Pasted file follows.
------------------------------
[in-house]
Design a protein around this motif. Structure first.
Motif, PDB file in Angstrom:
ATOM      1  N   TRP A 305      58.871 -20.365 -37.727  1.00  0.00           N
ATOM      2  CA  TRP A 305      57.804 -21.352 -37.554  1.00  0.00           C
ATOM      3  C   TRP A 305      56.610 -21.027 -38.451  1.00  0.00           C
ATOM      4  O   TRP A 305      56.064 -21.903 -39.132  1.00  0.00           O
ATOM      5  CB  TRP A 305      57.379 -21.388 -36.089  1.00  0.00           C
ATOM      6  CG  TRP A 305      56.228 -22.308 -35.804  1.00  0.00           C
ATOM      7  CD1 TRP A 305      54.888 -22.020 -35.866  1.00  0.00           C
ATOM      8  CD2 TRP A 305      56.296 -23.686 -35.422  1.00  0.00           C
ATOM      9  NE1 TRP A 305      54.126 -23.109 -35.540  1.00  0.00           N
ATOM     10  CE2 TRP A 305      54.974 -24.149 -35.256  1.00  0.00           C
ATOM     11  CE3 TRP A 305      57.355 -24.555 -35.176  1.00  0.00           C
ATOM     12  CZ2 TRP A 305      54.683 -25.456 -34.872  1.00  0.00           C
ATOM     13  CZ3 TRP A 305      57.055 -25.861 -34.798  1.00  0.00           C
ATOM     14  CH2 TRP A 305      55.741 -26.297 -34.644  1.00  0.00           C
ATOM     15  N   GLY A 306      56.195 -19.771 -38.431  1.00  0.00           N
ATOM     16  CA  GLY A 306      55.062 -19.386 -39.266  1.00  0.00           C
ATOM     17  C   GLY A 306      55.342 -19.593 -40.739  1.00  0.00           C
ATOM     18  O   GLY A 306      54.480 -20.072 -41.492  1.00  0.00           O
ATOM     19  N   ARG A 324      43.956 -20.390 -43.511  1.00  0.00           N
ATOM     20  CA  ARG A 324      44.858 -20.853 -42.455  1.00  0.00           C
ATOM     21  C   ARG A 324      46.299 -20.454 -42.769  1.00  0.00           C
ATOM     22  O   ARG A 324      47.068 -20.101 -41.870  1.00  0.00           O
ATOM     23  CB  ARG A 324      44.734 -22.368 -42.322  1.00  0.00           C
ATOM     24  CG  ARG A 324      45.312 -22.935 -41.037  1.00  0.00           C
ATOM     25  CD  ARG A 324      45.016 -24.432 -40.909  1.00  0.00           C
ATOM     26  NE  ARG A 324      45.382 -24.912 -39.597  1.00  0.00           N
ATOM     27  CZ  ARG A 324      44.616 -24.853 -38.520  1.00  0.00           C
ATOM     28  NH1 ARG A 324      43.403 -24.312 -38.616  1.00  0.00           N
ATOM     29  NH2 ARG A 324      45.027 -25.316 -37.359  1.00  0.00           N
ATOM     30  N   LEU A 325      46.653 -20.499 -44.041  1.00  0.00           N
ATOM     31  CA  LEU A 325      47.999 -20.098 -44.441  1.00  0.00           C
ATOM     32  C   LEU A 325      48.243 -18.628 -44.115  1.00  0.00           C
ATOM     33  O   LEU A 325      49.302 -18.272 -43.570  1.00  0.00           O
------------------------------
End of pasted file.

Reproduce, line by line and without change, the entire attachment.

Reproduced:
[in-house]
Design a protein around this motif. Structure first.
Motif, PDB file in Angstrom:
ATOM      1  N   TRP A 305      58.871 -20.365 -37.727  1.00  0.00           N
ATOM      2  CA  TRP A 305      57.804 -21.352 -37.554  1.00  0.00           C
ATOM      3  C   TRP A 305      56.610 -21.027 -38.451  1.00  0.00           C
ATOM      4  O   TRP A 305      56.064 -21.903 -39.132  1.00  0.00           O
ATOM      5  CB  TRP A 305      57.379 -21.388 -36.089  1.00  0.00           C
ATOM      6  CG  TRP A 305      56.228 -22.308 -35.804  1.00  0.00           C
ATOM      7  CD1 TRP A 305      54.888 -22.020 -35.866  1.00  0.00           C
ATOM      8  CD2 TRP A 305      56.296 -23.686 -35.422  1.00  0.00           C
ATOM      9  NE1 TRP A 305      54.126 -23.109 -35.540  1.00  0.00           N
ATOM     10  CE2 TRP A 305      54.974 -24.149 -35.256  1.00  0.00           C
ATOM     11  CE3 TRP A 305      57.355 -24.555 -35.176  1.00  0.00           C
ATOM     12  CZ2 TRP A 305      54.683 -25.456 -34.872  1.00  0.00           C
ATOM     13  CZ3 TRP A 305      57.055 -25.861 -34.798  1.00  0.00           C
ATOM     14  CH2 TRP A 305      55.741 -26.297 -34.644  1.00  0.00           C
ATOM     15  N   GLY A 306      56.195 -19.771 -38.431  1.00  0.00           N
ATOM     16  CA  GLY A 306      55.062 -19.386 -39.266  1.00  0.00           C
ATOM     17  C   GLY A 306      55.342 -19.593 -40.739  1.00  0.00           C
ATOM     18  O   GLY A 306      54.480 -20.072 -41.492  1.00  0.00           O
ATOM     19  N   ARG A 324      43.956 -20.390 -43.511  1.00  0.00           N
ATOM     20  CA  ARG A 324      44.858 -20.853 -42.455  1.00  0.00           C
ATOM     21  C   ARG A 324      46.299 -20.454 -42.769  1.00  0.00           C
ATOM     22  O   ARG A 324      47.068 -20.101 -41.870  1.00  0.00           O
ATOM     23  CB  ARG A 324      44.734 -22.368 -42.322  1.00  0.00           C
ATOM     24  CG  ARG A 324      45.312 -22.935 -41.037  1.00  0.00           C
ATOM     25  CD  ARG A 324      45.016 -24.432 -40.909  1.00  0.00           C
ATOM     26  NE  ARG A 324      45.382 -24.912 -39.597  1.00  0.00           N
ATOM     27  CZ  ARG A 324      44.616 -24.853 -38.520  1.00  0.00           C
ATOM     28  NH1 ARG A 324      43.403 -24.312 -38.616  1.00  0.00           N
ATOM     29  NH2 ARG A 324      45.027 -25.316 -37.359  1.00  0.00           N
ATOM     30  N   LEU A 325      46.653 -20.499 -44.041  1.00  0.00           N
ATOM     31  CA  LEU A 325      47.999 -20.098 -44.441  1.00  0.00           C
ATOM     32  C   LEU A 325      48.243 -18.628 -44.115  1.00  0.00           C
ATOM     33  O   LEU A 325      49.302 -18.272 -43.570  1.00  0.00           O